What India needs to do to reduce its fertiliser bill?

  • IASbaba
  • June 25, 2022
  • 0
Economics, Governance
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Context: No country has as much area under farming as India. But there’s one resource in which the country is short and heavily import-dependent — mineral fertilizers.

  • In 2021-22, India imported 10.16 million tonnes (mt) of urea, 5.86 mt of di-ammonium phosphate (DAP) and 2.91 mt of muriate of potash (MOP). In value terms, imports of all fertilisers touched an all-time high of $12.77 billion last fiscal.
  • In 2021-22, India also produced 25.07 mt of urea, 4.22 mt of DAP, 8.33 mt of complex fertilisers (containing nitrogen-N, phosphorus-P, potassium-K and sulphur-S in different ratios) and 5.33 mt of single super phosphate (SSP). The intermediates or raw materials for the manufacture of these fertilisers were substantially imported.

Table 1: Import of fertilisers and inputs ($MN); Table 2: Sale of fertilisers (in lakh metric tonnes)

Table 1 shows the total value of fertiliser imports by India, inclusive of inputs used in domestic production

  • A whopping $24.3 billion in 2021-22.
  • There are two costs here.
    • The first is foreign exchange outgo
    • The second cost is fiscal: Fertilisers are not only imported, but Indian farmers also pay below what it costs to import or manufacture using imported inputs. The difference is paid as a subsidy by the government.
  • That bill was Rs 1,53,658.11 crore or $20.6 billion in 2021-22 and projected at Rs 2,50,000 crore ($32 billion) this fiscal.

Both costs are unsustainably high to bear for a mineral resource-poor country.

The Way Forward

  1. There is a need to cap or even reduce consumption of high-analysis fertilisers – particularly urea (46 per cent N content), DAP (18 per cent N and 46 per cent P) and MOP (60 per cent).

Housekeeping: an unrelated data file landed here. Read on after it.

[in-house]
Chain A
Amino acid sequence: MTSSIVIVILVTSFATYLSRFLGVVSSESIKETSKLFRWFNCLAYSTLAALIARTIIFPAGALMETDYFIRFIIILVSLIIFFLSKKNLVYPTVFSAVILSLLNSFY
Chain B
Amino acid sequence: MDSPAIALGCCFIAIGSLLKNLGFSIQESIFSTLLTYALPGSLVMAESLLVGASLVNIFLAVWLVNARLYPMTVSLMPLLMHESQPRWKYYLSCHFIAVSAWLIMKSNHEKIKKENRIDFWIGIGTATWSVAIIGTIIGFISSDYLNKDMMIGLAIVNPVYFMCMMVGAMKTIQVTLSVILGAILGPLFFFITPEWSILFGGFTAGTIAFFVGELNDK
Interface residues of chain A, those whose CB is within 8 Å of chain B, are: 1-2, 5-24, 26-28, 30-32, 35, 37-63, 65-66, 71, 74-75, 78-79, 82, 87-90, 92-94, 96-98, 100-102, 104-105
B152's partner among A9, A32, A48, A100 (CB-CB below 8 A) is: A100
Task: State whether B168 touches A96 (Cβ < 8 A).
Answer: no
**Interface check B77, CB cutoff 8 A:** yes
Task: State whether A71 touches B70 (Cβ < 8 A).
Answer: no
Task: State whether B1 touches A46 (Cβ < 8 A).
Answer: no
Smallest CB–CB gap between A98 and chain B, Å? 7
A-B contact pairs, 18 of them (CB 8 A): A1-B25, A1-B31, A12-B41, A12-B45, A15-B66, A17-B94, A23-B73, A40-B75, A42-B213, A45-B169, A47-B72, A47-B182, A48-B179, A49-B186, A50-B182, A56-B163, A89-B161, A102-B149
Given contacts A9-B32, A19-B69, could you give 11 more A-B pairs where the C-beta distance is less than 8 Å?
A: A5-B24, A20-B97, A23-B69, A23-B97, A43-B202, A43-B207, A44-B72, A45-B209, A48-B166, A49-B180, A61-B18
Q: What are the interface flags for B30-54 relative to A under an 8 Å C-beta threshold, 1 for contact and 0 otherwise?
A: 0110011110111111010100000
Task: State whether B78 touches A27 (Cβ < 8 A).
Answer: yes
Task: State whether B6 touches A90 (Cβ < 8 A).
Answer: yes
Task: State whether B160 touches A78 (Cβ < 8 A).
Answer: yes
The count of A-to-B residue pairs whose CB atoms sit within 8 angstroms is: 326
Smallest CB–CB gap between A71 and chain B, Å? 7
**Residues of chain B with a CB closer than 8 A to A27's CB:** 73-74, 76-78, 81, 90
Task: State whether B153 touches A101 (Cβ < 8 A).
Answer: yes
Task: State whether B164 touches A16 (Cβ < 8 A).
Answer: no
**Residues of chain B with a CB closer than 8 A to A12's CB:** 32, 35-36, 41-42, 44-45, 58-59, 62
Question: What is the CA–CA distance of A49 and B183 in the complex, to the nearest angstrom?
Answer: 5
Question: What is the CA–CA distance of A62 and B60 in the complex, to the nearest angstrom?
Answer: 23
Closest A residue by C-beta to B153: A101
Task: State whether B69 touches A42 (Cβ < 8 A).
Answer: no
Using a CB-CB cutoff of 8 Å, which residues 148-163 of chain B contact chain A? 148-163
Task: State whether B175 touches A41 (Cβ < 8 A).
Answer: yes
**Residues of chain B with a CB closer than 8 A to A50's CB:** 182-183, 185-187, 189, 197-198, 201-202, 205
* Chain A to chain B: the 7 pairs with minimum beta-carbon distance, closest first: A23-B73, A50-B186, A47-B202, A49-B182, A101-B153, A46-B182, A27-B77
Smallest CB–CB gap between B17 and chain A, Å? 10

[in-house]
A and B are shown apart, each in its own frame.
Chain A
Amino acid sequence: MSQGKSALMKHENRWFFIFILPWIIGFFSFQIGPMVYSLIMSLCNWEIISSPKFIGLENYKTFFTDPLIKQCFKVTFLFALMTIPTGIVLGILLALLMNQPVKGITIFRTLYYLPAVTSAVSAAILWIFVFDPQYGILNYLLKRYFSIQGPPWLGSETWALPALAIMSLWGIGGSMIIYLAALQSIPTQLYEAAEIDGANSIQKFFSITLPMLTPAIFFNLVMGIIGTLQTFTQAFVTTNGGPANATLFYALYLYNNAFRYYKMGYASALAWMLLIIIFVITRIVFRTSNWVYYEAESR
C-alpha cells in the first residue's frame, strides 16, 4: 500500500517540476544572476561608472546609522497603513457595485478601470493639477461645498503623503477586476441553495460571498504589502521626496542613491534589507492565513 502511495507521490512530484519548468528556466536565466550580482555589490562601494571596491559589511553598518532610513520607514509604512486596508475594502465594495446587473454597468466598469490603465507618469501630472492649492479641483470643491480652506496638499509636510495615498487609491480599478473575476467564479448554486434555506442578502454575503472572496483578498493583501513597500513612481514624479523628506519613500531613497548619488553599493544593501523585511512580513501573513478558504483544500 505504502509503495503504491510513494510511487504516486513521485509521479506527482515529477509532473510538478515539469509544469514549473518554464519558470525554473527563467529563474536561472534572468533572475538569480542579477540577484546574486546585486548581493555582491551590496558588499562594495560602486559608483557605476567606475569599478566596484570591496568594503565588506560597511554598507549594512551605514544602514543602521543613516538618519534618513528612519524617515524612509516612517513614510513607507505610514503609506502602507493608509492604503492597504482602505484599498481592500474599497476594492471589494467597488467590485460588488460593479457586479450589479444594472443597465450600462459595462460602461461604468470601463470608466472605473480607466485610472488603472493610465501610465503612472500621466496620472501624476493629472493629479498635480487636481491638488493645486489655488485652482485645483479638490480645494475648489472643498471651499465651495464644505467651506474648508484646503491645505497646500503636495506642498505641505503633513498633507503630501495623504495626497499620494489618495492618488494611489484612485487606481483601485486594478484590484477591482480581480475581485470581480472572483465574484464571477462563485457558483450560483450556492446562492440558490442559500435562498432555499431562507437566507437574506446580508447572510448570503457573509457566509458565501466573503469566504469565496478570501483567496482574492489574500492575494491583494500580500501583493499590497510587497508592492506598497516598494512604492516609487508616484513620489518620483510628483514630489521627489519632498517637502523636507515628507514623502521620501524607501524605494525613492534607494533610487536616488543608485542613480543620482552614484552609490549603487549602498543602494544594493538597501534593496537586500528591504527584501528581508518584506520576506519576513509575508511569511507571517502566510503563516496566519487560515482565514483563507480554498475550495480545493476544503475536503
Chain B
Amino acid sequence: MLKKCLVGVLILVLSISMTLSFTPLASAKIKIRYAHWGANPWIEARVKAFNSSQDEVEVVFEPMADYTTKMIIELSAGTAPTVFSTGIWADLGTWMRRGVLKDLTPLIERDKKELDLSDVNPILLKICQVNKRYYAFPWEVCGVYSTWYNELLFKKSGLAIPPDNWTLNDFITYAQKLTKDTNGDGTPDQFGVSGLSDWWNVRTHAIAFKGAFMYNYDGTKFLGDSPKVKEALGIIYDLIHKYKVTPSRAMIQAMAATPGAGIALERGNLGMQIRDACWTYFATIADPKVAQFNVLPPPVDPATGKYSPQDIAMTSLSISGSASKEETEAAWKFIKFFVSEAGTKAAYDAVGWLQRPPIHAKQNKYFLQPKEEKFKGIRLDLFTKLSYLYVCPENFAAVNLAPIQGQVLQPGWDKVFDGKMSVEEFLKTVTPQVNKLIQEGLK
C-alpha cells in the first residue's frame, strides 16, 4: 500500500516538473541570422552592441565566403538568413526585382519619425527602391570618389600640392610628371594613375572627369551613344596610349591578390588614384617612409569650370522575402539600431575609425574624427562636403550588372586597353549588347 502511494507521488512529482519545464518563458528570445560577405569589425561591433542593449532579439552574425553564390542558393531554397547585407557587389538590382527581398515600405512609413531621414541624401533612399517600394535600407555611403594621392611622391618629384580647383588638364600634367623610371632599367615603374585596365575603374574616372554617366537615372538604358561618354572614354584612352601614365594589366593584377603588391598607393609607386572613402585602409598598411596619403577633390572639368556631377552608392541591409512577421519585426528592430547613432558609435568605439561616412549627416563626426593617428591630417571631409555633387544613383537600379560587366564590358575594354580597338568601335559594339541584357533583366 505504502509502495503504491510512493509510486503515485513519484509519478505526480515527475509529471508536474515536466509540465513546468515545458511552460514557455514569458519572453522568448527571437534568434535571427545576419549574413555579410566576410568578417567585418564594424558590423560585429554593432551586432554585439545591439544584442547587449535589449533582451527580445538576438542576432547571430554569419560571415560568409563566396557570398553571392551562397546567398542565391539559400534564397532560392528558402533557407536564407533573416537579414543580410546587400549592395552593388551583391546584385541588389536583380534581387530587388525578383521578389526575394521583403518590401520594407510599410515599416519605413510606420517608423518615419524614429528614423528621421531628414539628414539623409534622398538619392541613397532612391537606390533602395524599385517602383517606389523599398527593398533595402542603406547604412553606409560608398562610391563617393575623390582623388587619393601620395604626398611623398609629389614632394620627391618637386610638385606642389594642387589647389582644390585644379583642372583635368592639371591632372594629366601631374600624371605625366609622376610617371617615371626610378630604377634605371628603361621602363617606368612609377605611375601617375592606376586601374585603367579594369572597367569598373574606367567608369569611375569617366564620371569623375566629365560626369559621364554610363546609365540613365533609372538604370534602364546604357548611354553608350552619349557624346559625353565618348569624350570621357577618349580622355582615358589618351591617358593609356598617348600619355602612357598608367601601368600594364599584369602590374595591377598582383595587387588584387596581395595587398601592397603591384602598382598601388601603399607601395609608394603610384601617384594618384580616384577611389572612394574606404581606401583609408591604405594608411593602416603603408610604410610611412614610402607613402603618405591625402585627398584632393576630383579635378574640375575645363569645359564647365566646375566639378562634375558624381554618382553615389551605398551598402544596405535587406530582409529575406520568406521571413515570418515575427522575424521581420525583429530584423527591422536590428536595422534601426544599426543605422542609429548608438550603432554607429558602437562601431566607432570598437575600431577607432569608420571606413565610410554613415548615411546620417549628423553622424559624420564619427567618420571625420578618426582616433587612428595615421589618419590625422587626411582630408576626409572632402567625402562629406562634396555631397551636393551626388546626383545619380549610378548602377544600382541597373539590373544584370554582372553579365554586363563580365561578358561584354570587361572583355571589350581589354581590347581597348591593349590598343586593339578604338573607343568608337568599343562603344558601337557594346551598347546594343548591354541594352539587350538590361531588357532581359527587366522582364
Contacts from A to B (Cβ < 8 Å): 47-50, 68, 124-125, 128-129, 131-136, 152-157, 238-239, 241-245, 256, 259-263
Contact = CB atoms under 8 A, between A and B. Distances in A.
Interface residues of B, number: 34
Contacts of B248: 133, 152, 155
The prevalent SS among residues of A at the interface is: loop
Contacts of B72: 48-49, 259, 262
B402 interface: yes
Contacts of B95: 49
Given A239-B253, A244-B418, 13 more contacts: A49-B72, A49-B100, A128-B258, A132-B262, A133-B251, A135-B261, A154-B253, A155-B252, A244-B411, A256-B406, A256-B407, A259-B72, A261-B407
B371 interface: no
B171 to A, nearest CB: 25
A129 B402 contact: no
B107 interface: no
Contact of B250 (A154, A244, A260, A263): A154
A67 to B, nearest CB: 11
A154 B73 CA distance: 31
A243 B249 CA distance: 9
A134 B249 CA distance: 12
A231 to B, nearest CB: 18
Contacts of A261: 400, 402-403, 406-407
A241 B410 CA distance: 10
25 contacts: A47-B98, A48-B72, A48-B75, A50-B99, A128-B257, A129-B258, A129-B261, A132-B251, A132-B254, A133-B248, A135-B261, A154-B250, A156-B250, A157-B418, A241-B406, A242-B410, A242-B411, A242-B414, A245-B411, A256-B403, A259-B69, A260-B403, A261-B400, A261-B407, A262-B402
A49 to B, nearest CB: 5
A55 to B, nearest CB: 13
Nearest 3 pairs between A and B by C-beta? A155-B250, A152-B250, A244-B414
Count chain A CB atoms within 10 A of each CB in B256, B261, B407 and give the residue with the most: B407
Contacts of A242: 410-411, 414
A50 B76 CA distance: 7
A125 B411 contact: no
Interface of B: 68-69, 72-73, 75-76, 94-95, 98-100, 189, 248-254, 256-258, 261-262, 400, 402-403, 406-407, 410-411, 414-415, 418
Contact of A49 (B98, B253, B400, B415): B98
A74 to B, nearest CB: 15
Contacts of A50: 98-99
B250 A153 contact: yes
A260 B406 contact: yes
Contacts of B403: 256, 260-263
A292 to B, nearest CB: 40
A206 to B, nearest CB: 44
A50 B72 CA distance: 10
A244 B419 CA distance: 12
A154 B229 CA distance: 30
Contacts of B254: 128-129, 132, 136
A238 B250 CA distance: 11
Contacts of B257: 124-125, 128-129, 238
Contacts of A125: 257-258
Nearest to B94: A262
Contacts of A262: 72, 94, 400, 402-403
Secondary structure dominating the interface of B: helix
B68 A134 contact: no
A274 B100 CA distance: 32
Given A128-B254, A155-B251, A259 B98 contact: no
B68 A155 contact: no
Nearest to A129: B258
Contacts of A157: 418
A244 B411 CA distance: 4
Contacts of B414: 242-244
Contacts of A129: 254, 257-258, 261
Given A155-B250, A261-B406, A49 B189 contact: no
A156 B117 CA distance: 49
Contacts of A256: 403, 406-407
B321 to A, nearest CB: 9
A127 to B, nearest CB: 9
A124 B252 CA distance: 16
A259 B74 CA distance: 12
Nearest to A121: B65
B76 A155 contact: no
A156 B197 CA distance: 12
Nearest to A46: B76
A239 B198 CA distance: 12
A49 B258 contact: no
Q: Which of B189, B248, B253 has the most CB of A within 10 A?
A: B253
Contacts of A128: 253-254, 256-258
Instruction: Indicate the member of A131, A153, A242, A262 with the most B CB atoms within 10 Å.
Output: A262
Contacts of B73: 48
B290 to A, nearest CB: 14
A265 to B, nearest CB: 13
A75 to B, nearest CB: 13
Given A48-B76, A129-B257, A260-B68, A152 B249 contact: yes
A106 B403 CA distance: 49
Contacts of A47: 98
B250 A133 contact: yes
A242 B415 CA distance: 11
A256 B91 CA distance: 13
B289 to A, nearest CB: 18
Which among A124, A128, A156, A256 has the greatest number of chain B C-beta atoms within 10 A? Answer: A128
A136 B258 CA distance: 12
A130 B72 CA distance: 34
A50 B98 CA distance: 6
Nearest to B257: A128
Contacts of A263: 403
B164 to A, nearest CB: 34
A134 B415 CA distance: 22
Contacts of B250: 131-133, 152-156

• One way to do this is by incorporating urease and nitrification inhibition compounds in urea.
    • These are basically chemicals that slow down the rate at which urea is hydrolysed (resulting in the production of ammonia gas and its release into the atmosphere) and nitrified (leading to below-ground loss of nitrogen through leaching).
    • By reducing ammonia volatilisation and nitrate leaching, more nitrogen is made available to the crop, enabling farmers to harvest the same, if not better, yields with a lesser number of urea bags.
    • Together with products such as liquid “nano urea” – their ultra-small particle size is conducive to easier absorption by the plants than with bulk fertilisers, translating into higher nitrogen use efficiency – it is possible to achieve a 20 per cent or more drop in urea consumption from the present 34-35 mt levels.
  • A second route is by promoting sales of SSP (containing 16 per cent P and 11 per cent S) and complex fertilisers such as “20:20:0:13” and “10:26:26”.
    • DAP use should be restricted mainly to paddy and wheat; other crops don’t require fertilisers with high P content.
    • India can also import more rock phosphate to make SSP directly or it can be converted into “weak” phosphoric acid.
  1. India needs to wean its farmers away from all high-analysis fertilisers: That movement requires a concerted push, alongside popularising high nutrient use-efficient water-soluble fertilisers (potassium nitrate, potassium sulphate, calcium nitrate, etc) and exploiting alternative indigenous sources (for example, potash derived from molasses-based distillery spent-wash and from seaweed extract).
  2. Knowledge Building of Farmers: No plan to cap/reduce consumption of high-analysis fertilisers can succeed without farmers knowing what is a suitable substitute for DAP and which NPK complex or organic manure can bring down their urea application. It calls for agriculture departments and universities not just revisiting their existing crop-wise nutrient application recommendations, but disseminating this information to farmers on a campaign mode.

Must Read:

Reforming the Fertilizer Sector

Locational factors of fertiliser industry

Source: The Indian Express

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